It can actually be traced to less than a decade ago. This time frame though was the start of when the accuracy levels were starting to improve.
I know that our company once looked at the possibility of implementing an automatic solution for one of our tests, the problem is there was nothing accurate enough to allow us to achieve the resolution we needed. Now with the accuracy bar being lowered, pun intended, I think it might be time for us to revisit our initial designs.
Beth: One of the big differences is the linear motor's positioining accuracy. The numbers vary pretty widely, but several of the linear motor makers I talked to said they could resolve their accuracy down to the low-micron level. Some even claim to get it into the nanometer level. That's a far cry from what we saw in linear motors a decade ago.
Nice to see progress being made in terms of energy efficiency. Beyond their so-called "green" aspects, does this new crop of linear motor technology offer any other advances compared to traditional offerings?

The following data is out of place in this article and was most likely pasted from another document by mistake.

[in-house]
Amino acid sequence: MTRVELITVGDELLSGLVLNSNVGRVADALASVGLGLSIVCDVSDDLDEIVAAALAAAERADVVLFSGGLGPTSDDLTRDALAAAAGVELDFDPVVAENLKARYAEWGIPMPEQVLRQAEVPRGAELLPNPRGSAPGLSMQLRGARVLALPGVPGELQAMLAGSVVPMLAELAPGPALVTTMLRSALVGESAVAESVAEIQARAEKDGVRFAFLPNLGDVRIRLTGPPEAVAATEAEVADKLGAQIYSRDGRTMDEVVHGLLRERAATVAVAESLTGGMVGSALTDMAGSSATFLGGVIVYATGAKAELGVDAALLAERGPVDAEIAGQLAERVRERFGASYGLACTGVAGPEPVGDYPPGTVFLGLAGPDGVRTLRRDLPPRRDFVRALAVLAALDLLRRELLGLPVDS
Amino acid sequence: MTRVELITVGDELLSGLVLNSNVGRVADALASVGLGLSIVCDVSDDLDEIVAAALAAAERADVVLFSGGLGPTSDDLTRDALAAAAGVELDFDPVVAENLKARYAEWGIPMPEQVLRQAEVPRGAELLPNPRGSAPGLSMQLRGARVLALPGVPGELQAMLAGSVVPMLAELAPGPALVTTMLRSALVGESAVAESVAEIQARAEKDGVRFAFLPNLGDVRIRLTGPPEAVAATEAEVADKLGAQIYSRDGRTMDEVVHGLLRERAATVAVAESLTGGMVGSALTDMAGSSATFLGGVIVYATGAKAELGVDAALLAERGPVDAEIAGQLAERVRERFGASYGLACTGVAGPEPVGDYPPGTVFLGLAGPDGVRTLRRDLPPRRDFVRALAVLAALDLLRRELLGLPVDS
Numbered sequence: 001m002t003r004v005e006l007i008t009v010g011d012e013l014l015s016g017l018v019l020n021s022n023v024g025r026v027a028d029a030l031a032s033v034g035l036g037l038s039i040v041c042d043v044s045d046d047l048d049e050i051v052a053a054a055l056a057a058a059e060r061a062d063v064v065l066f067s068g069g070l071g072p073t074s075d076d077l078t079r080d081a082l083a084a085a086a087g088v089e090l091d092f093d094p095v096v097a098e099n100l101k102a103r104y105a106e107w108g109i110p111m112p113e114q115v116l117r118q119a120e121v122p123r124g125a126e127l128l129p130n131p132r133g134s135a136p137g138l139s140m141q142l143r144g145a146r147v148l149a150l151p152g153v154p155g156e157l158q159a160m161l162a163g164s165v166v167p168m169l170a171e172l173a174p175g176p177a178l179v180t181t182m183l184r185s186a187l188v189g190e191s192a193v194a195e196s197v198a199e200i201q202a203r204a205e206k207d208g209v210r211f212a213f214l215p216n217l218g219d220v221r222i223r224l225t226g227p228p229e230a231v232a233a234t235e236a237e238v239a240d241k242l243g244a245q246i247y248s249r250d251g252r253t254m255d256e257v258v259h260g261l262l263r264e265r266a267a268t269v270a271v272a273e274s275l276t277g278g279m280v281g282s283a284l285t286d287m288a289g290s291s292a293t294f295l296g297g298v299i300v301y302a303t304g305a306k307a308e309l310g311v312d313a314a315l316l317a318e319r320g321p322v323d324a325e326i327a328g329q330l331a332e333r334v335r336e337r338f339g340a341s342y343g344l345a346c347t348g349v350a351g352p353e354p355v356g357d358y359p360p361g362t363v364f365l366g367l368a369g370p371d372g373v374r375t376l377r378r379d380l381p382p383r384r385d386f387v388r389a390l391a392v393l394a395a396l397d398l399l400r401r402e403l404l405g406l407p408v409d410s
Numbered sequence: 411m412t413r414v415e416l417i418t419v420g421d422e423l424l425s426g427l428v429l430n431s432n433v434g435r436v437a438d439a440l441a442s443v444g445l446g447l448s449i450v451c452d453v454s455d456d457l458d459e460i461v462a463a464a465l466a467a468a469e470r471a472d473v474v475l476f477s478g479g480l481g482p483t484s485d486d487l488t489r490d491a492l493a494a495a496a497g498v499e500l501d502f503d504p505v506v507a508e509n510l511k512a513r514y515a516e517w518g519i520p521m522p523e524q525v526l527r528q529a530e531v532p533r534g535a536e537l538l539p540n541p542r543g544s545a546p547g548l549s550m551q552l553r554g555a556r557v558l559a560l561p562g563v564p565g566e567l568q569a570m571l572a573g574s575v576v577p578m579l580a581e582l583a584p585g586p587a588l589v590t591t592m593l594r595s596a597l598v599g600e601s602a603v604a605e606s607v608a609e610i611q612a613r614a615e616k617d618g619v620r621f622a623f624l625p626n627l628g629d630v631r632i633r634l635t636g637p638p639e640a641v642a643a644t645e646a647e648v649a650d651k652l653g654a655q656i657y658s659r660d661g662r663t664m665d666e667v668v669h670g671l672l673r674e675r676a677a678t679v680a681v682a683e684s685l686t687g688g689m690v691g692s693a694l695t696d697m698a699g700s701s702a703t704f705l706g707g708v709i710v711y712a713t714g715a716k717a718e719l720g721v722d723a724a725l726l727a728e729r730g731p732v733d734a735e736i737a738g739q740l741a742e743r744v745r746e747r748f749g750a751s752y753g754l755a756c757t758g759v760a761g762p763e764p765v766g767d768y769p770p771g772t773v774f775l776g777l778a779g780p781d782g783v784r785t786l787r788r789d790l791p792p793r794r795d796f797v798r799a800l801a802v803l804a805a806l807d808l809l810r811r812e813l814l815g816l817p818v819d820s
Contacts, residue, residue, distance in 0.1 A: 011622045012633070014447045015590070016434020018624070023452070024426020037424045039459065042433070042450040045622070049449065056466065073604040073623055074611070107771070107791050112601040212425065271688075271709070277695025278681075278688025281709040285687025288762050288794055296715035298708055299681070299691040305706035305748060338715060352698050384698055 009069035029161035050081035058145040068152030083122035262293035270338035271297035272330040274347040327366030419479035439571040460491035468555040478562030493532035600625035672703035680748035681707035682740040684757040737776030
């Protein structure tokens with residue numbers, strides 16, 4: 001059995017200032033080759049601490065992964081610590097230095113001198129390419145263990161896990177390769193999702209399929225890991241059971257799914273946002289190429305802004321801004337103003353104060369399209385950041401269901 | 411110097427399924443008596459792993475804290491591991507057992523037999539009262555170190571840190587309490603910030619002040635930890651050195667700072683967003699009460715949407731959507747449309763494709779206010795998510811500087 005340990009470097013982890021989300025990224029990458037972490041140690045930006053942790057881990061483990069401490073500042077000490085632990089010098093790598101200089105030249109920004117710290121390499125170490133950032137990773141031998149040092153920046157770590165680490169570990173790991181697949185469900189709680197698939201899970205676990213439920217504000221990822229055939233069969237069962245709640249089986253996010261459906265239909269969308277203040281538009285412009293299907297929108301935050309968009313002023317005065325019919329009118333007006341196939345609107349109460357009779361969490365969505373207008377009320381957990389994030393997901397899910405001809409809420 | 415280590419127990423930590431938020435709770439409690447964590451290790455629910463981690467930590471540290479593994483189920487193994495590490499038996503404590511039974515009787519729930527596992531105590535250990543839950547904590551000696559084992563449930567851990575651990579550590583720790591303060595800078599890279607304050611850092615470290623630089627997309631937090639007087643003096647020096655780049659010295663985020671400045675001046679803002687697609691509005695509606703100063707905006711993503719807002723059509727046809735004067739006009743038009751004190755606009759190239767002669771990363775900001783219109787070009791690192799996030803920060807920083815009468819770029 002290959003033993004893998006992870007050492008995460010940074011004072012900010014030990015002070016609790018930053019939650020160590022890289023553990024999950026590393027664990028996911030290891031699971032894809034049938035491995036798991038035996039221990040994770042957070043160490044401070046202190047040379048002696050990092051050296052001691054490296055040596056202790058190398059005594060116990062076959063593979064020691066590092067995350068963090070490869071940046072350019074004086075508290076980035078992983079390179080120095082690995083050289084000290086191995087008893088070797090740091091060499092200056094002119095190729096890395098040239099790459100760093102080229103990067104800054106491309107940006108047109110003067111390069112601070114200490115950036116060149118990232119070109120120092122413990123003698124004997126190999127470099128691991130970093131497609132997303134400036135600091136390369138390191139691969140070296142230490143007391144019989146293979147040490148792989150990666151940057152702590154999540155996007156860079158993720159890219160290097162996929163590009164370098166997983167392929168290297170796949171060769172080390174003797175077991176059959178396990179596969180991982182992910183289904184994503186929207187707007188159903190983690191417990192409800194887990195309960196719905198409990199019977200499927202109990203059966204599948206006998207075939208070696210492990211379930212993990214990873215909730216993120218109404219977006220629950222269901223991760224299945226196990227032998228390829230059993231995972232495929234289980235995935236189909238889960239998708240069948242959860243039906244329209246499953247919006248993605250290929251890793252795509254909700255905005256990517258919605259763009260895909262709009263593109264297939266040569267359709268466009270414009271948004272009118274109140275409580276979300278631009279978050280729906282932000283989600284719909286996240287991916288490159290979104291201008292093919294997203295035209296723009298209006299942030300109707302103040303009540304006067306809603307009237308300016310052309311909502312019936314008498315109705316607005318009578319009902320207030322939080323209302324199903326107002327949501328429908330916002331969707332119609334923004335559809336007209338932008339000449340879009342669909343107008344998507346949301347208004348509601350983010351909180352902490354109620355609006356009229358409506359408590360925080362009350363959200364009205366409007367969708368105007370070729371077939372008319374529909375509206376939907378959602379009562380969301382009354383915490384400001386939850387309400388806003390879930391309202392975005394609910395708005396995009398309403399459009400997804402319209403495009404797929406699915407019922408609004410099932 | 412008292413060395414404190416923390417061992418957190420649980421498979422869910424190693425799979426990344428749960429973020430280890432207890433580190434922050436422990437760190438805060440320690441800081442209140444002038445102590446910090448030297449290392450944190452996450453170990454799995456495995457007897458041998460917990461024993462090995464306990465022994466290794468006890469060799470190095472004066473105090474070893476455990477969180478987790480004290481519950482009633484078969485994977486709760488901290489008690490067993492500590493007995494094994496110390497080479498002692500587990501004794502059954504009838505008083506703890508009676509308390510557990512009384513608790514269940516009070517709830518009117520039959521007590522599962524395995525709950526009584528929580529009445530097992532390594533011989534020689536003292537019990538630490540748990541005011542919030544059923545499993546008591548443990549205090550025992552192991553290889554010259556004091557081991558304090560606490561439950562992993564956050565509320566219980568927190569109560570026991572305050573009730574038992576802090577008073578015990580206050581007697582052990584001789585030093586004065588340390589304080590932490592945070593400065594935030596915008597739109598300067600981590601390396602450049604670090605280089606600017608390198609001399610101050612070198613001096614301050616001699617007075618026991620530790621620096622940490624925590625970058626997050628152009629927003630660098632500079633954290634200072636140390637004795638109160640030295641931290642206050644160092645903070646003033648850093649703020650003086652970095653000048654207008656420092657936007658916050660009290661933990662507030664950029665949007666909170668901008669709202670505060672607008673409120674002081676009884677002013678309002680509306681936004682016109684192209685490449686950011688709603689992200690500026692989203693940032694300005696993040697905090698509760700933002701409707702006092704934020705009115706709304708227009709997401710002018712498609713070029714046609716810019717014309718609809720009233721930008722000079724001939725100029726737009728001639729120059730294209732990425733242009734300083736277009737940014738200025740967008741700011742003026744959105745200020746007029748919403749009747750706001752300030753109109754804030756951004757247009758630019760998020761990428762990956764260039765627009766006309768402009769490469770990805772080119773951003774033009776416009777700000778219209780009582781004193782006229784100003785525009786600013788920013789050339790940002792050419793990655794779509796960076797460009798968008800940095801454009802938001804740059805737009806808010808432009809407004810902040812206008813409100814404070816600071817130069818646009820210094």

In an age of globalization and rapid changes through scientific progress, two of our societies' (and economies') main concerns are to satisfy the needs and wishes of the individual and to save precious resources. Cloud computing caters to both of these.
For industrial control applications, or even a simple assembly line, that machine can go almost 24/7 without a break. But what happens when the task is a little more complex? That’s where the “smart” machine would come in. The smart machine is one that has some simple (or complex in some cases) processing capability to be able to adapt to changing conditions. Such machines are suited for a host of applications, including automotive, aerospace, defense, medical, computers and electronics, telecommunications, consumer goods, and so on. This discussion will examine what’s possible with smart machines, and what tradeoffs need to be made to implement such a solution.